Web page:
The following post was provided by photographer Valerie Jardin. It’s an excerpt from her moving photo essay, Keeping History Alive.
It was in July 2009, in the town of St Lô in Normandy, that I met the Carentan Liberty’s Group. The group was created by local WWII history buffs and collectors. The participants spend several weekends each year reenacting daily scenes of the liberation, mostly concentrating their efforts in the Carentan area. The most unusual characteristic of this group is that it casts entire families. Many young children and their mothers take part in the activities and help keep history alive by sharing stories told by their grandparents and great grandparents who experienced D-Day first-hand in Normandy. The president of the group, Jean-Marie Caillard, indicated to me that, since that part of history is so prevalent in his region, it is of the utmost importance to keep it alive and teach the young generation about the sacrifice of so many who helped liberate France in 1944. The blend of members dressed in US military uniforms and French civilian clothes makes the experience unique and more realistic for the visitor. The Carentan Liberty’s Group is also very eager to show the military equipment used during the reenactments. Its members are very knowledgeable about WWII facts related to the region and beyond. I am particularly sensitive to the work and passion of this group as I am originally from Normandy. My parents, although very young during D-Day on June 6, 1944, still remember the events vividly to this day.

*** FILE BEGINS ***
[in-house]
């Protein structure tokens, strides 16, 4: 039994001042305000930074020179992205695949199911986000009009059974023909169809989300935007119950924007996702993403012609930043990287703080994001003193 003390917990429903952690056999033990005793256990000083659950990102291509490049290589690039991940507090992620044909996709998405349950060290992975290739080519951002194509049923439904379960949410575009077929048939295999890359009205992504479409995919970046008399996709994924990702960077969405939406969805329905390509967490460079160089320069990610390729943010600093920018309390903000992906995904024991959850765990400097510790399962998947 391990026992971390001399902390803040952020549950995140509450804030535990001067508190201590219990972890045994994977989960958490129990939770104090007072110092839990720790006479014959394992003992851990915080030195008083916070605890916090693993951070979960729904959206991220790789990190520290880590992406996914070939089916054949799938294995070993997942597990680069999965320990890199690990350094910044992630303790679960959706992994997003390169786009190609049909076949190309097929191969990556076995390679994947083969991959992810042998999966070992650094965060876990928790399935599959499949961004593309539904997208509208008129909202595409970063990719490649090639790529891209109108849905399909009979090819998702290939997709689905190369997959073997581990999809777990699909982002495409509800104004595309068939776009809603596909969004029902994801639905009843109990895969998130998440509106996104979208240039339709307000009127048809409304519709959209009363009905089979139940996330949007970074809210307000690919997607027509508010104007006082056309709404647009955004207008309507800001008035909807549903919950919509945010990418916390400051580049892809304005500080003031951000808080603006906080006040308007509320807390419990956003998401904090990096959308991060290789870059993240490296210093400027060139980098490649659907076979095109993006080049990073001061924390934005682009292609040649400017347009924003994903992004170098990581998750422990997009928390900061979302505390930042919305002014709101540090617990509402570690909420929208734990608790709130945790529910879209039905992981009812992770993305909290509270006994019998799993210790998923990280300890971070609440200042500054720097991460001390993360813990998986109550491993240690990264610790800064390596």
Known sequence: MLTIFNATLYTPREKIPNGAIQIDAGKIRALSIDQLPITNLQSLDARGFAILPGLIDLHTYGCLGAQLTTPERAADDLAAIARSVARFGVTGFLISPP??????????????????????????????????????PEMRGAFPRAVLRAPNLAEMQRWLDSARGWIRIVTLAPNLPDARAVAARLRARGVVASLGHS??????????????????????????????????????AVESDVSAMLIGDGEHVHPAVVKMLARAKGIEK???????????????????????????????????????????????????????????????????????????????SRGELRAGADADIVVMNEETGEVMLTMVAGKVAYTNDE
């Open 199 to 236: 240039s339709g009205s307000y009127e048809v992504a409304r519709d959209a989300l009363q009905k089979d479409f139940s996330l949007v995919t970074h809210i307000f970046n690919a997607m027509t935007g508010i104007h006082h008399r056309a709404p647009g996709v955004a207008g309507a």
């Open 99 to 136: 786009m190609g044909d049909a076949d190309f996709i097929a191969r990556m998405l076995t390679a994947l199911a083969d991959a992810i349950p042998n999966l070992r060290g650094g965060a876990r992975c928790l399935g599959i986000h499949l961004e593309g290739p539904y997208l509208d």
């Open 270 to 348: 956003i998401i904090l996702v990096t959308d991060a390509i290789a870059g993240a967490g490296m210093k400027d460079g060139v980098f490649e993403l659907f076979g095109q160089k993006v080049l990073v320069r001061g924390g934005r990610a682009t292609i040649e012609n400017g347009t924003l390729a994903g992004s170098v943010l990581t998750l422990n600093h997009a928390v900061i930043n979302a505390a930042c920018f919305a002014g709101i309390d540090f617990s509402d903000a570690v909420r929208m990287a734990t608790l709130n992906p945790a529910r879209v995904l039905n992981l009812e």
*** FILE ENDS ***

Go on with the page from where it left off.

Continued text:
For more great photos, please visit Valerie’s website .